Laboratory Code of Conduct:

All members of the Whitehead lab commit themselves to: 

  • Treating others with dignity, respect, and consideration, regardless of identity (e.g., gender, age, sexual orientation, (dis)ability, race, ethnicity, politics, and religion (or lack thereof)). We seek to create a laboratory culture that is safe and inclusive for everyone.
  • Upholding the highest principles of ethics and integrity during our academic pursuits (learning and research). The academic enterprise is based upon a foundation of trust and of shared values; these values include Honesty (convey information truthfully and honoring commitments), Accuracy (report findings precisely and take care to avoid errors), Efficiency (use resources wisely and avoid waste), and Objectivity (let the facts speak for themselves and avoid improper bias) – from the NIH “What is research integrity” https://grants.nih.gov/policy/research_integrity/what-is.htm
  • Producing scientific research that is compelling, relevant, reproducible, transparent, and rigorous.
  • Diligently keeping paper and/or digital lab notebooks, and if digital making sure that it is backed up. Commit to regularly backing up all digital materials and resources that are relevant to Whitehead lab activities.
  • Promoting an environment where occupational laboratory safety is prioritized; e.g., where safety training is up to date, and we are complying at all times with safety regulations.
  • Avoiding the use of sexual language and imagery, unless in the context of biological reproduction. 

Dispute settlement:

  • If inter-personal disputes arise between laboratory members, please consider the following steps for resolution
  • Take some time apart to reach a state of calm, and to thoughtfully reflect on the nature of the dispute and possible solutions that could include compromise.
  • On neutral ground, attempt calm and deliberate dialogue with each other that is considerate and respectful.
  • If the dispute cannot be settled between the two parties, and an outside mediator appears to be necessary, engaging other laboratory members could be appropriate. However, sometimes this may be inappropriate especially if other lab members feel pressured into “taking sides”. In this case, please engage with PI Whitehead. (ETHICS, SAFETY_). USE JUDGEMENT – ASKING AND ENGAGING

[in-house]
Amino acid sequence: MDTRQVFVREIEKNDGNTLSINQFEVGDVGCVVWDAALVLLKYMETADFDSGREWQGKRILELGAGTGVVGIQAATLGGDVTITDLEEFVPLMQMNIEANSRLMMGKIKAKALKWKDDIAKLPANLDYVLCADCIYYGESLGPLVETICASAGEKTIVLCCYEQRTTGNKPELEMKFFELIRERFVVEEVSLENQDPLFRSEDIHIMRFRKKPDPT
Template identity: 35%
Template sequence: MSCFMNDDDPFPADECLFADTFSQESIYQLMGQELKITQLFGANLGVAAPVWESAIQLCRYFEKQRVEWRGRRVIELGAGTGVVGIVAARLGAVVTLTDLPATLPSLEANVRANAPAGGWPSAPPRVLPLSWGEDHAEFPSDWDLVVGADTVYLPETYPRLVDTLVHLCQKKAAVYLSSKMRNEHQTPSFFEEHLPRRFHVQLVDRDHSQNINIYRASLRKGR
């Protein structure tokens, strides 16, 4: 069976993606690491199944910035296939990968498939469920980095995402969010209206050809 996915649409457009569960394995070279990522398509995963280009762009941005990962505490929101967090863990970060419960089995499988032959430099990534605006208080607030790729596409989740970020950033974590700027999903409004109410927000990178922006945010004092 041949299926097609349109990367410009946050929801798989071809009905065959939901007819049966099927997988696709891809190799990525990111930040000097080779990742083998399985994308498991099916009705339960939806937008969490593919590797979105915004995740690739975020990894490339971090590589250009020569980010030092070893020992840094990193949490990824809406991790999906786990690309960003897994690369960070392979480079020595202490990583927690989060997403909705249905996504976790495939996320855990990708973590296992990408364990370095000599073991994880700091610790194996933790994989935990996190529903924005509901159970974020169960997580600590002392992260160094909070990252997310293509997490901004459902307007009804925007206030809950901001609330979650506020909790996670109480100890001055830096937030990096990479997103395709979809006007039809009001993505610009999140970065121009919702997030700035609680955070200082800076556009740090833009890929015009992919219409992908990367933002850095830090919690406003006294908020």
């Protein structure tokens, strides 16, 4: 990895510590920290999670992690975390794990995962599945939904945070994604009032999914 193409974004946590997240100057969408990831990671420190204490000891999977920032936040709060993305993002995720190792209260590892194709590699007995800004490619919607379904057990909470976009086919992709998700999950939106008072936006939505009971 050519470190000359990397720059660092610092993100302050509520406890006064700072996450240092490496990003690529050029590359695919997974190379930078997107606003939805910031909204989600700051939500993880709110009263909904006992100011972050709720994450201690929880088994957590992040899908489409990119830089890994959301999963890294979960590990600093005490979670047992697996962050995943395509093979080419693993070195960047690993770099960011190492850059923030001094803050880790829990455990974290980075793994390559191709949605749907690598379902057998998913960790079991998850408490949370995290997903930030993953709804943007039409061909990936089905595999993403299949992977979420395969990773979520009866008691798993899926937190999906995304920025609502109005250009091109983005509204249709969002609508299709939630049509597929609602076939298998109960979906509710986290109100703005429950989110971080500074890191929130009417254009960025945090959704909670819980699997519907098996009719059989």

• PI Whitehead will then meet with each party separately, then likely together, to seek solutions that are fair and equitable.
  • If the dispute is with PI Whitehead, then consider starting with the first suggestion in this section (item 1. And 2. above – seek to resolve the dispute with each other). However, given the power imbalance at play, this may not be feasible. In this case, then trainees should seek support from any of the following resources:
    • CONSULT PEERS – make sure expectations are reasonable/alighend with lab norms.
    • Faculty that are members of their guidance committee or dissertation committee.
    • The University Ombuds Office (https://ombuds.ucdavis.edu/). “The UC Davis Ombuds Office is a confidential, independent, impartial, and informal problem-solving and conflict management resource for all members of the UC Davis and UC Davis Health campus communities. We invite students, staff, and faculty, with university-related issues and concerns, to visit our office. The Ombuds can assist by listening to concerns, clarifying issues, identifying policies and resources, and providing coaching and communication strategies.”
    • The Graduate Group or Department chairperson.
  • If the dispute involves suspicion of academic/research misconduct, then this should be immediately reported to PI Whitehead, and confidentiality will be protected to the greatest extent possible. Breaches of academic integrity hurt us all – it is damaging to the reputation of individuals, research groups, institutes, and the broader scientific enterprise. It must be avoided/prevented, or dealt with swiftly and appropriately, including due-process.
  • Here is contact information for dealing with harassment and discrimination:
    • Harassment and Discrimination Assistance and Prevention Program (HDAPP)

Other Campus Resources: